The man in the video is Sonam Wangchuk, CNN IBN's Real Indian Hero, Week Magazine's Man of the Year, Ashoka Fellow, Sanctuary Asia' Green Teacher awardee, and the real-life inspiration behind Aamir Khan's character in the Bollywood movie 3 Idiots. He is also the founder of the Students' Educational and Cultural Movement of Ladakh (SECMOL). Through this video, he shares the principles that drive SECMOL's sustainable approach to sanitation, food cultivation, and solar power adoption.
Formed in 1988 to reform the educational system of Ladakh, SECMOL today creates opportunities for rural Ladakhi youth, and promotes sustainable living. Their aim is to help present and future generations of Ladakhis benefit from education and adopt a symbiotic relationship with their environment, stalling the impact of global warming and pollution on Ladakh's sensitively balanced ecosystem.
Picturesque Ladakh is the eastern part of Jammu and Kashmir - a high-altitude desert on the upper reaches of the Indus river. Its isolated rural society has been greatly impacted by the Indian government's defense and roadways projects that started in the 1960s and the influx of tourists that started in the 1970s. Global warming and the exponential rise in domestic tourism after 2005, however, have had the largest impact on the sensitive ecological balance of this beautiful region.
- Once, Ladakh depended on its water supply from streams replenished by the melting glaciers - the only source of water in a region that sees almost no rainfall. Global warming has reduced the glacial melt at an alarmingly swift rate.
- The older Ladakhi generations used water management and sanitation systems that were in harmony with nature - the use of compost pits for sanitation waste meant no drains, sewers, or water was needed. Now, every summer, thousands of tourists crowd the small towns and hotels use flush toilets. In the absence of a sewage system, the sewage water is being let out into streams, polluting the only source of fresh water for the locals.
- Fuel emissions pollute the clean air, and plastic waste clogs the streams.
The main building of SECMOL's Phey campus
Amidst this deterioration, SECMOL's Phey campus, 18 kilometers from Leh is a small beginning that promotes a sustainable lifestyle in harmony with nature. The campus hosts 40 students and a few volunteers and staff all year round. During workshops, trainings, and youth camps, it can host an additional 100 residents. Developed over 5 years from 1994 to 1999, it has transformed a desert area into a sustainable green oasis with trees, gardens, and animals.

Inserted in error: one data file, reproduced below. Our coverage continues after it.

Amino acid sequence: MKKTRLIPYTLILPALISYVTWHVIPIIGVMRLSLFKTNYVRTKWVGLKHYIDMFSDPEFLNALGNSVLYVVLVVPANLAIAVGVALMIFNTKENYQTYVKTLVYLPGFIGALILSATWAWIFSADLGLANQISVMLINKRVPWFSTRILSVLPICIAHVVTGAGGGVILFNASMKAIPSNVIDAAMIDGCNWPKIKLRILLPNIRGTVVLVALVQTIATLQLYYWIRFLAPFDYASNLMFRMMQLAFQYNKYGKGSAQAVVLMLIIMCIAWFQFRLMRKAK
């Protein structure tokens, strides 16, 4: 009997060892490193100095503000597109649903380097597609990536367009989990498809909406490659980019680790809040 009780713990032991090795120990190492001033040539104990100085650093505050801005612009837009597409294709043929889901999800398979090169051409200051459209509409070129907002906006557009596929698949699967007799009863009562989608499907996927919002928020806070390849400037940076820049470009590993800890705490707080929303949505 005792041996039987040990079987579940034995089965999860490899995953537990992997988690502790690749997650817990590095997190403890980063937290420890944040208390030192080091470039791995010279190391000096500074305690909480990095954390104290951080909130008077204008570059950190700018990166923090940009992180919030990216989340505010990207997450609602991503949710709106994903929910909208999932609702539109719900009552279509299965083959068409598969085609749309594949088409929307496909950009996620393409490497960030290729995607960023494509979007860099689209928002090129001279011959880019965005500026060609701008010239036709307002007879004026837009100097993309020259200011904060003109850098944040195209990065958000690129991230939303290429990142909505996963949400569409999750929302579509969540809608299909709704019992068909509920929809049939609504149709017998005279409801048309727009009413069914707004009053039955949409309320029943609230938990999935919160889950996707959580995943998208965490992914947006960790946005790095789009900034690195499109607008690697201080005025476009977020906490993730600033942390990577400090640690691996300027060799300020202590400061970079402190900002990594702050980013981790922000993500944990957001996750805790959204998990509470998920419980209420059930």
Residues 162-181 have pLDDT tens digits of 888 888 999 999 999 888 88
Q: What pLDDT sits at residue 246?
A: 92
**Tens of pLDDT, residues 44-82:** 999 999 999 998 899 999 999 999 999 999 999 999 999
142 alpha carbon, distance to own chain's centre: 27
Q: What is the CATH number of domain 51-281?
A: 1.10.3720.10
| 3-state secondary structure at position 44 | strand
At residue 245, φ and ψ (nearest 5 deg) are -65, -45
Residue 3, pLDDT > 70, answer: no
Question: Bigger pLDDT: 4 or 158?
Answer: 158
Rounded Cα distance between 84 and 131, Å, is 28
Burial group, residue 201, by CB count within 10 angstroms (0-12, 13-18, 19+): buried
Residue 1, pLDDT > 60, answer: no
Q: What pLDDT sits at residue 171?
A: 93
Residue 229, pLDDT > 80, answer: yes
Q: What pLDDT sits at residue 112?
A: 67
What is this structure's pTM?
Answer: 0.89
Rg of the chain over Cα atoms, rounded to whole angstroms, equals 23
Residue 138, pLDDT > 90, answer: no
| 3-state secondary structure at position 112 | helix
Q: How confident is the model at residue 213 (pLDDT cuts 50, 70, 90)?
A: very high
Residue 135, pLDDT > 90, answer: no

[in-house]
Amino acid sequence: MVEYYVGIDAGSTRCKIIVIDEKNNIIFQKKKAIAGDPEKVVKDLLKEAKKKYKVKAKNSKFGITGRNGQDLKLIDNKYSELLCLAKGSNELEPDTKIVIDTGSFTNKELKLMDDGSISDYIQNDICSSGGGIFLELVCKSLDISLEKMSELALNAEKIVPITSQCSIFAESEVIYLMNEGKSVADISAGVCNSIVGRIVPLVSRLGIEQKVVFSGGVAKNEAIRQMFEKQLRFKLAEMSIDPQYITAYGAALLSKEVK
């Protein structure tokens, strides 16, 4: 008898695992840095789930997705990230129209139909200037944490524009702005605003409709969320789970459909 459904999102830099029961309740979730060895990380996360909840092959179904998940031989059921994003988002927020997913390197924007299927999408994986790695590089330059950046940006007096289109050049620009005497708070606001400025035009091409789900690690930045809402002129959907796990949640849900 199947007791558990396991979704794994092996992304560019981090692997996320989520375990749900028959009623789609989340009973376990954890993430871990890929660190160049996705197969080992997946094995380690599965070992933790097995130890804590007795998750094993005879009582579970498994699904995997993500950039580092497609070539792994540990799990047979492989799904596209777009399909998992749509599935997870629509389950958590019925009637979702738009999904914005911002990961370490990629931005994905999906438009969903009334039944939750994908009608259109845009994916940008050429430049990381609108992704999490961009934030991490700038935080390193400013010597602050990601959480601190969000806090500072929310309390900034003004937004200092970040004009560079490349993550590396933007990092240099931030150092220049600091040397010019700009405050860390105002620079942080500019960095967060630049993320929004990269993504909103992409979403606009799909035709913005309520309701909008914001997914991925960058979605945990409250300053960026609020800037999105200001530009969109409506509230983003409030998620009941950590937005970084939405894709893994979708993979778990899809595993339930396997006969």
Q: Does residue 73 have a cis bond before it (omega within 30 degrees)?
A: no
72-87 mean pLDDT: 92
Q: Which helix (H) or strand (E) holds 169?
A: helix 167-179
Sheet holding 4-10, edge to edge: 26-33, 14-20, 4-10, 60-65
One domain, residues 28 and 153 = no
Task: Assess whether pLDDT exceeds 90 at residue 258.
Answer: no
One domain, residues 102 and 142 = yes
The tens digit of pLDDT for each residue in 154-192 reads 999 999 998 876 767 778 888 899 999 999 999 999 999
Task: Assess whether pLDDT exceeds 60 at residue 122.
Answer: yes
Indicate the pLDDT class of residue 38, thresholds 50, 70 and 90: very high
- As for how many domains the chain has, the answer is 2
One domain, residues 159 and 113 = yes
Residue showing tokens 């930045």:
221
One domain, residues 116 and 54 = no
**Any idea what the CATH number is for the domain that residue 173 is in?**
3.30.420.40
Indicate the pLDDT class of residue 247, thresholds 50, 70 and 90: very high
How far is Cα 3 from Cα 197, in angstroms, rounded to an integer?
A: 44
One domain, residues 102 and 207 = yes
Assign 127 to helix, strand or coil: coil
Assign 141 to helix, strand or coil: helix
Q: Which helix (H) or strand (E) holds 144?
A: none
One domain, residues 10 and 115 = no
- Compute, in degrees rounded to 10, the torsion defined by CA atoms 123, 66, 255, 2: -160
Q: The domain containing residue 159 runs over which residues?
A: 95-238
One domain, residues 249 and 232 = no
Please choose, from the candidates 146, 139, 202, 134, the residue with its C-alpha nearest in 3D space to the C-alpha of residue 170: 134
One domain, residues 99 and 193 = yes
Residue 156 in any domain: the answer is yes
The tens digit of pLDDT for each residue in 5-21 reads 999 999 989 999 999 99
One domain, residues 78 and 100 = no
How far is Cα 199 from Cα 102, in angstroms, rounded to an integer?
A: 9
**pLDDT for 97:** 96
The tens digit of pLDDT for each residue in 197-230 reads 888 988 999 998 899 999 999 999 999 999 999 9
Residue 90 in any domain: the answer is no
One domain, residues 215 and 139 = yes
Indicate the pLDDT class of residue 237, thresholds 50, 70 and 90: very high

- The building is built using low-cost, locally available materials and techniques: rammed earth and arched windows that reduced the use of expensive, imported wood.
- Traditional Ladakhi-style dry composting toilets eliminate the use of flushes. The composted waste serves as manure for their vegetable garden and the 1000+ trees they have planted around the campus.
- All the buildings on campus are heated through a passive solar design. The bathing blocks have solar heated water, and solar cookers are used in the kitchen eliminating the use of fuel and related emissions. During winters, the buildings are draped in plastic, creating green-houses for the vegetable garden that supplies produce even during the cold Himalayan winters. A solar electric system provides year-round, 24-hour electricity for lighting, TV, computers and tools.
- The water supply is pumped up from the Indus river using a solar-powered pump.
However, a major challenge faced by the campus is its water supply during the summer months. Every summer, the melting glacier water in the Indus river and streams is polluted by an increased release of sewage and garbage. Once the polluted summer waters flow and are pumped up, they bring with them diseases like diarrhea and cholera, and increase energy consumption and water treatment costs. Additionally, the reduced glacial melt and surge in consumption also means a shortage of water during summer.
This summer, SECMOL has planned to deal with this problem once and for all. The university has devised an innovative environment friendly design for a solar powered bore-well water pump that will allow the campus to meet its drinking water requirements all year round. Budgeted to cost Rs. 4,00,000, the project has to be completed before June 2015.
After drilling to 130 feet, they found water and dug the bore-well
While the university is raising funds for the project with the support of the Ochre Hearts foundation, work on the project has already commenced. In March 2014, a driller known to SECMOL started drilling for water - he started the work in good faith and is working on credit. 130 feet of drilling later, they finally found water. The bore-well has been dug in the first week of April. Now all that remains is for the funds to come in so SECMOL can pay the driller and build and install the solar-powered mechanism to run the bore-well.